Monday, February 22

Tips for Working with Jelly Yarn(tm)

Moonglow Pocket Pillow makes good use of the
glow in the dark Jelly yarn!
I first wrote these tips for a pattern called Barbed Wire BeltYou can put these tips to use right away if you already have some of this unique yarn at home. In the meantime, more crochet patterns for Jelly Yarn® are coming because I cannot resist its siren song. 

Tip #1 

If you can't make the initial slip knot tight enough to stay knotted, add a dab of superglue.

Tip #2 

Use a small amount of hand cream or something silicone-based on your crochet hook to really build up stitching speed! Also try switching to a Boye aluminum crochet hook or one with a brushed finish.

Tip #3 

Parakeet Perchswing (my birds' favorite toy!) is
now free at my new website.
The Jelly Yarn® is a "monofilament," not twisted plies. Like ribbon and tape yarns, it will acquire some twist as you work with it. I ignore it, unless it starts kinking up. Pulling more yarn from the ball helps because it postpones the twist down the line, indefinitely. Sometimes I crochet it standing up and shake the twist down the strand.

Tip #4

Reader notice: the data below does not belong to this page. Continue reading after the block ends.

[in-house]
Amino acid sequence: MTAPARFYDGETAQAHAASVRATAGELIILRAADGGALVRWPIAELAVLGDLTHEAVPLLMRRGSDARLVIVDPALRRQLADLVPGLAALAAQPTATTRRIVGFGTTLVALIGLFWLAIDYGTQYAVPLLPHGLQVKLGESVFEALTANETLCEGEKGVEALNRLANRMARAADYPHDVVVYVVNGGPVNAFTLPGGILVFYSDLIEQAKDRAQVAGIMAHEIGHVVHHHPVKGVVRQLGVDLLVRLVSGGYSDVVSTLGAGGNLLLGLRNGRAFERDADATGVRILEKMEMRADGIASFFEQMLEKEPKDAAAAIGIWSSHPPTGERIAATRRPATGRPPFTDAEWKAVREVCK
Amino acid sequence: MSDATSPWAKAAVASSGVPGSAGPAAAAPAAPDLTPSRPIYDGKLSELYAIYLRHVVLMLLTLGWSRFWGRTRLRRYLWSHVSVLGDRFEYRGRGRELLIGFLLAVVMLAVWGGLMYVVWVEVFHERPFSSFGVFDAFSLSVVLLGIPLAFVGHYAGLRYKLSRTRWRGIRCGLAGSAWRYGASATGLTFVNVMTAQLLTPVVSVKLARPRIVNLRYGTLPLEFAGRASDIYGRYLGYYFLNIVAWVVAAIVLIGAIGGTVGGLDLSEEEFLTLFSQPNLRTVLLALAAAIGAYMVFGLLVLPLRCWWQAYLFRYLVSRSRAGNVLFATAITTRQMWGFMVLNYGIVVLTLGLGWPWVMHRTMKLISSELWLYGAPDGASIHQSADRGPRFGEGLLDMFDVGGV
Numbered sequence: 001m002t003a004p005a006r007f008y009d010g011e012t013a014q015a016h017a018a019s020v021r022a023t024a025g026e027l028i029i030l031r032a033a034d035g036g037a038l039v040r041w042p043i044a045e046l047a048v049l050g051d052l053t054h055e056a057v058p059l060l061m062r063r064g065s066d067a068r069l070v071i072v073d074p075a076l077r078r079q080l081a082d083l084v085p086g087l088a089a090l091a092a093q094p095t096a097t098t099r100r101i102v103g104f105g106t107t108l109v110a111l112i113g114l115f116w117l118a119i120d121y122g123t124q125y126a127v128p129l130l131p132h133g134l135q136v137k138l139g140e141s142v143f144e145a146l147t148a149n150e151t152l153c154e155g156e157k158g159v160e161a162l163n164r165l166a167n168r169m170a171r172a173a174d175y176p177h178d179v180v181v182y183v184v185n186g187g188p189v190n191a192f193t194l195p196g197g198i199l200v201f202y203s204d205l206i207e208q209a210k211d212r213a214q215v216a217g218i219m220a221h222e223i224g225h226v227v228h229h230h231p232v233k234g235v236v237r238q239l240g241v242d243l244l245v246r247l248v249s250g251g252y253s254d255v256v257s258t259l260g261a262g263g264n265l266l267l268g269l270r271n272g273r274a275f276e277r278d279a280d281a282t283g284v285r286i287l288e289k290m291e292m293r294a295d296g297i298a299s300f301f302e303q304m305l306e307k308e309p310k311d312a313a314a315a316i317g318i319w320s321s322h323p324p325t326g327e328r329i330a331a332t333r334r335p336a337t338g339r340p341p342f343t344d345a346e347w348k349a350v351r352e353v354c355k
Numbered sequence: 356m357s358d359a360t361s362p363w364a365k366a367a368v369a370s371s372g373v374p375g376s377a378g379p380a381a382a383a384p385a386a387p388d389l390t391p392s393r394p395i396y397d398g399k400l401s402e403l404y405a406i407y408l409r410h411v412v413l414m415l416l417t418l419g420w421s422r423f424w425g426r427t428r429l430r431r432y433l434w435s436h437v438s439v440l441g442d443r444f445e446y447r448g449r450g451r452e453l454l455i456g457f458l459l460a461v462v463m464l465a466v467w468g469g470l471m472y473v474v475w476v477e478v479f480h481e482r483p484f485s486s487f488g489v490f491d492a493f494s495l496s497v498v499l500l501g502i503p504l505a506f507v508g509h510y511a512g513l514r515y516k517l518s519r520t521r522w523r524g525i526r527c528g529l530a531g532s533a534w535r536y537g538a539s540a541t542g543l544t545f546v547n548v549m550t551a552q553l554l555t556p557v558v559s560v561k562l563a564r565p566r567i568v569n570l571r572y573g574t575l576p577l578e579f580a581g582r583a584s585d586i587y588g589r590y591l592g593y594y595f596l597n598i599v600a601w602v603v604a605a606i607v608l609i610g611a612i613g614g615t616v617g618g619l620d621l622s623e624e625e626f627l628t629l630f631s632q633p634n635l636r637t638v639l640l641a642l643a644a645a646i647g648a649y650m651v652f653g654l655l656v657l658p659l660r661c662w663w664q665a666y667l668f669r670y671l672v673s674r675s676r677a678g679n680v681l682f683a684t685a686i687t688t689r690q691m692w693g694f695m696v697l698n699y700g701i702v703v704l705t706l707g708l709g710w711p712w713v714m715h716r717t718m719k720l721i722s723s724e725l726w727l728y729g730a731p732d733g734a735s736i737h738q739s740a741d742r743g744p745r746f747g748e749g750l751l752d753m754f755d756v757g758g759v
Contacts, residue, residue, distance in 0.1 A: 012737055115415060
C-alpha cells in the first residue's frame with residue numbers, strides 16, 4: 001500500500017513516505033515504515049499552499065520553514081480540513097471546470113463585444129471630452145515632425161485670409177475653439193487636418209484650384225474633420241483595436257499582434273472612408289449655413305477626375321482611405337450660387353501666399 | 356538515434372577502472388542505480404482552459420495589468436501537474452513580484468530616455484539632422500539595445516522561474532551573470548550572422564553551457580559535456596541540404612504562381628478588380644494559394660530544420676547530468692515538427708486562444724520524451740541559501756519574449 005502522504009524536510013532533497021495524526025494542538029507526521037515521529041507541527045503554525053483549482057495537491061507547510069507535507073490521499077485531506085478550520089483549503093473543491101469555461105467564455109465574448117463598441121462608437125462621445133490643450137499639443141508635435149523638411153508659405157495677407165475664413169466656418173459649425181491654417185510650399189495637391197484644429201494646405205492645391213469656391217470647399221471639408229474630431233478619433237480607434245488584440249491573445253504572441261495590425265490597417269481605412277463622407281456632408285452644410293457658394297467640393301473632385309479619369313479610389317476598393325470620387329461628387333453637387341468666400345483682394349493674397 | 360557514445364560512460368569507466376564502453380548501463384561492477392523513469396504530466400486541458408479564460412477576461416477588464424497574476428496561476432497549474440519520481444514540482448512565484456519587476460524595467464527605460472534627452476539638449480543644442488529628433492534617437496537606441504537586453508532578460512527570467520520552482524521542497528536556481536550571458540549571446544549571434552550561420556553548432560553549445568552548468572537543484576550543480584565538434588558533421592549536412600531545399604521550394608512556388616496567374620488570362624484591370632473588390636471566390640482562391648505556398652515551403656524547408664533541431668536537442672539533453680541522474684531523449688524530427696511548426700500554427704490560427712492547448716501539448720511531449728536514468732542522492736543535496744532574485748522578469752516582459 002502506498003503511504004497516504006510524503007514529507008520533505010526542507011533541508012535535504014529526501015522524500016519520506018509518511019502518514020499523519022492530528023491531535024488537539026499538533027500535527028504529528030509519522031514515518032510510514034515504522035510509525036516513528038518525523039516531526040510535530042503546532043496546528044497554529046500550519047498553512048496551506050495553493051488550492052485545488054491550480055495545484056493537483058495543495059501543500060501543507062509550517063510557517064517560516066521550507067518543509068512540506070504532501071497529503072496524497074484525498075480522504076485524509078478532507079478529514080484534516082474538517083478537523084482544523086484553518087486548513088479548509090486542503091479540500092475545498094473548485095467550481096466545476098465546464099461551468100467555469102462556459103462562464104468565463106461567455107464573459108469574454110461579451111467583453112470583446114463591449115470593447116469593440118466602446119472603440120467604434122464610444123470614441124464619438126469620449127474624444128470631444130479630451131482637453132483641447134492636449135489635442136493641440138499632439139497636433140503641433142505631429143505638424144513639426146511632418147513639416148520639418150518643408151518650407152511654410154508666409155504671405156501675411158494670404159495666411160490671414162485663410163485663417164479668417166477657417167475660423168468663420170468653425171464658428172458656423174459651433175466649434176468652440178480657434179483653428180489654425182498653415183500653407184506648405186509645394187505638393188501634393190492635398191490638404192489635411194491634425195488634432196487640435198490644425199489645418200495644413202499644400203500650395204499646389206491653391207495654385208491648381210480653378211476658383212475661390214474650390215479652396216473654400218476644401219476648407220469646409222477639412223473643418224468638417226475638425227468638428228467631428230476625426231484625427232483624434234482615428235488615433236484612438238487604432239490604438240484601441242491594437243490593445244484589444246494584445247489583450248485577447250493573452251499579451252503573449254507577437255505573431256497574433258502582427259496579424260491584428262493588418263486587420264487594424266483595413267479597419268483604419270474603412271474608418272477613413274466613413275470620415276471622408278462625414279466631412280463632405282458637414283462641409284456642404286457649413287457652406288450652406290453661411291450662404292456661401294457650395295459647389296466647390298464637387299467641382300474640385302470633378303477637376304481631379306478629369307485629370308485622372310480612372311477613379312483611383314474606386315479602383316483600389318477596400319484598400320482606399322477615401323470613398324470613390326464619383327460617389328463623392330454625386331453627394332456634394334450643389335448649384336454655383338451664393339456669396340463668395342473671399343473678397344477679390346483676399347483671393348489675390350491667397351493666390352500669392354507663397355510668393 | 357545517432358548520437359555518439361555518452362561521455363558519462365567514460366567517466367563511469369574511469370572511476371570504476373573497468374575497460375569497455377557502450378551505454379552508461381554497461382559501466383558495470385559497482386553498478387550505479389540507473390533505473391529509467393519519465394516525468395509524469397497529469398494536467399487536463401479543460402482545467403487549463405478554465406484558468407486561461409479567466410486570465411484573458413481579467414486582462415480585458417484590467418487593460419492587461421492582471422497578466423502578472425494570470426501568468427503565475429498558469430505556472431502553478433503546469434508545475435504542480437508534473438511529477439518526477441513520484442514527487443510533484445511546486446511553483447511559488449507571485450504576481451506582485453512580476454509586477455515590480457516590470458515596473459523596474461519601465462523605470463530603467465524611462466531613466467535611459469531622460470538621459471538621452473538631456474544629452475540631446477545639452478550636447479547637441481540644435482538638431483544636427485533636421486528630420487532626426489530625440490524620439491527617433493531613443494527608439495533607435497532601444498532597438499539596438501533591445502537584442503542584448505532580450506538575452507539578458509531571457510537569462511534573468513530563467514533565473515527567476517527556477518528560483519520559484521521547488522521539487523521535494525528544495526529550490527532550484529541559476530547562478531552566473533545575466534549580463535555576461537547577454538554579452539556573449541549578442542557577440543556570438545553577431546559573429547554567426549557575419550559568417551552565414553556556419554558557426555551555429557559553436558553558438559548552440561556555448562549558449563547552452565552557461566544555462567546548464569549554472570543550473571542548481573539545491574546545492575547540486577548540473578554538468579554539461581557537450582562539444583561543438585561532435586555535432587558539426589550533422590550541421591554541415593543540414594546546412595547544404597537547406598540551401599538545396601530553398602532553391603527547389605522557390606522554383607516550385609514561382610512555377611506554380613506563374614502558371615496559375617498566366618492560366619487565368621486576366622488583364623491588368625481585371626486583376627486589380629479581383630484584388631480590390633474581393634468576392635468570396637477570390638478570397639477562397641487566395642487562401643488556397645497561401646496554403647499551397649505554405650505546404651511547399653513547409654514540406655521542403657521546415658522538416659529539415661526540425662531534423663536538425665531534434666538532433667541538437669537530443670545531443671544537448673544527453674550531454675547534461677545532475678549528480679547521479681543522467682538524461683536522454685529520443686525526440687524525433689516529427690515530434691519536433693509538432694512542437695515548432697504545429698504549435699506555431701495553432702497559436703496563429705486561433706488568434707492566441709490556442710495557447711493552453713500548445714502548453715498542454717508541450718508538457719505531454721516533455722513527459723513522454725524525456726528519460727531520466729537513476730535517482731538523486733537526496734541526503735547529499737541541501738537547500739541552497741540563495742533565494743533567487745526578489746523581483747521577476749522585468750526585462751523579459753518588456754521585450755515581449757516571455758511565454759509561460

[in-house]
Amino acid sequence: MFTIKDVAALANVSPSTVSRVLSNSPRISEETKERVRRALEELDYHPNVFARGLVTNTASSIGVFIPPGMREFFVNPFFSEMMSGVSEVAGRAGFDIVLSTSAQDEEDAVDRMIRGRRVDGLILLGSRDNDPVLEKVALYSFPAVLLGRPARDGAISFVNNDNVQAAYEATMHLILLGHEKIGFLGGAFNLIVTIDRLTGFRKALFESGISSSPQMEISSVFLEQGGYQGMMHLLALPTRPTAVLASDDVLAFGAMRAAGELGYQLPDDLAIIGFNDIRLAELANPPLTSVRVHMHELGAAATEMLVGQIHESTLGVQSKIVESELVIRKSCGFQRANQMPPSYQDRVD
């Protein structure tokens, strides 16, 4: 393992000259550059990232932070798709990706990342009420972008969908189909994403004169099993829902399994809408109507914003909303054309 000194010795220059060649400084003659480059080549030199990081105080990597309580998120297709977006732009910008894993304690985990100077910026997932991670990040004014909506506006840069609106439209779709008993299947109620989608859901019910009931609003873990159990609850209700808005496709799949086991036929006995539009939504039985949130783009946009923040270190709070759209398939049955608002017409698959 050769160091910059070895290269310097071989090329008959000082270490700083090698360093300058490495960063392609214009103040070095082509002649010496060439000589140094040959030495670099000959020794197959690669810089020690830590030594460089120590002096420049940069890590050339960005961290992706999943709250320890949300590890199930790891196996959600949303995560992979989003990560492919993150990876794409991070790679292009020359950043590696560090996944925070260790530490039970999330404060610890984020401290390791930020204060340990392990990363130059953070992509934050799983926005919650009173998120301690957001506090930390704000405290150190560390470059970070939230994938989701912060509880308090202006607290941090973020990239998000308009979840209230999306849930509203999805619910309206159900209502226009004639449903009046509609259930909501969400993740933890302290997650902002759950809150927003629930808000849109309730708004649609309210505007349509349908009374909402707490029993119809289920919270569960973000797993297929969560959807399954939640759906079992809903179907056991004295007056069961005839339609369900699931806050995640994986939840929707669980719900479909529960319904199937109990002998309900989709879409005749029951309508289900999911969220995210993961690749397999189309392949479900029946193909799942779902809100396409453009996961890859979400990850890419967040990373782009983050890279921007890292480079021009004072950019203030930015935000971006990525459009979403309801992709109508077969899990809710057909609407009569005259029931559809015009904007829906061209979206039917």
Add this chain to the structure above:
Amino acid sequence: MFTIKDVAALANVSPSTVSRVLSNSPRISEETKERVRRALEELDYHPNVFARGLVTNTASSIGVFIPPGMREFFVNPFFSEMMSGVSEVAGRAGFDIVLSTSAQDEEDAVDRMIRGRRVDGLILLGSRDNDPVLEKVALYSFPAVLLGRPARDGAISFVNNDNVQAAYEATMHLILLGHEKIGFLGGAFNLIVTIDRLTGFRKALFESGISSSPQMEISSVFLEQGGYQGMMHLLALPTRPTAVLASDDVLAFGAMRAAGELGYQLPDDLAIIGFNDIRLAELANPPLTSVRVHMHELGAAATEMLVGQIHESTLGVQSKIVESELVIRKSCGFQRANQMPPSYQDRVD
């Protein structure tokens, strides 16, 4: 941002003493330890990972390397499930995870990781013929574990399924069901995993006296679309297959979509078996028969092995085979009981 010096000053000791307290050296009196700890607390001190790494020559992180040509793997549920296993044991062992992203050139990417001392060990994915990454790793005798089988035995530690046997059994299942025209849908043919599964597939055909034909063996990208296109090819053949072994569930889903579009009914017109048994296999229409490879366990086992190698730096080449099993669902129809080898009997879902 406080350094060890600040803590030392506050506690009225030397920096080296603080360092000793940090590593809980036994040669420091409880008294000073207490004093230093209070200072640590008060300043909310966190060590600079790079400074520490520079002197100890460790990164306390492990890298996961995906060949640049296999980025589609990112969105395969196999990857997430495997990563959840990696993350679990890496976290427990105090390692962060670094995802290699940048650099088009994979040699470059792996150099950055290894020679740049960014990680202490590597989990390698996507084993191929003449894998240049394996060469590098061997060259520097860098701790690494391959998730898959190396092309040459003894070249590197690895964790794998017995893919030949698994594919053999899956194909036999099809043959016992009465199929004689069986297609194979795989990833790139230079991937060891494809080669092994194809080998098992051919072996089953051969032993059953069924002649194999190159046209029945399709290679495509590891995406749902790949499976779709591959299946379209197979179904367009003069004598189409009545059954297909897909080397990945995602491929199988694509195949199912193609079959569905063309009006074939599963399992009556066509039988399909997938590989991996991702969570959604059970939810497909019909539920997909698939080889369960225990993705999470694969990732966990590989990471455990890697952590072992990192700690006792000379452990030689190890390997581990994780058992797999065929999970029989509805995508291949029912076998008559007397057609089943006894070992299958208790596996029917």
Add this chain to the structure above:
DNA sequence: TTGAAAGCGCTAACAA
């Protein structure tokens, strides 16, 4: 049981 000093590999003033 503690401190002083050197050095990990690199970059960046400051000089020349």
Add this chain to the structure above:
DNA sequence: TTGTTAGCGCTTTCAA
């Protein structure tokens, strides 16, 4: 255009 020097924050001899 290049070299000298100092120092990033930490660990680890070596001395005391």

Jelly Yarn® seems to stick more or resist me when I'm tired, stressed, or impatient. It's the same if I'm in a hot or stuffy room. Therefore I figure that either Jelly Yarn® has psychic powers, or when I'm stressed I become hot and stuffy too. If this happens to you, just take a break, turn up the A/C, and maybe even place your yarn in an ice chest and work that way! 

"Flying Jelly Ring, Tambourine Version"
Jelly Yarn: 20 Cool Projects for Girls to Knit and Crochet

Tip #5 

If you have kids, guard your jelly stash carefully. If you don’t have kids, other people’s kids will find you and stare soulfully until you make something for them.


  1. Love the idea of the companion. Too often reading a pattern is like ascending the Tower of Babel. Good luck on the blog.

  2. And another tip, this one is about fastening off, in response to a question I received:

    1. If you've been using any lube, such as hand lotion or silicone to make the hook slide better with the JY, wipe it off of the strand where it will be fastened off.

    2. Pull the yarn end through the last loop, just like regular fastening off, and then pull it really tight -- so tight that it stretches the JY without actually breaking it. If you pulled it tightly enough, the knot will contract around itself snugly to hold the knot secure. Too tightly, it'll break. Not enough, it'll loosen up again. You can practice with a scrap to get a feel for how much you can stretch it before breaking it.

    3. Optional or if #2 just doesn't work for some reason: add a dab of superglue. I've never had to use superglue but it's always in the back of my mind, and I know some people do.


On-topic questions are welcome!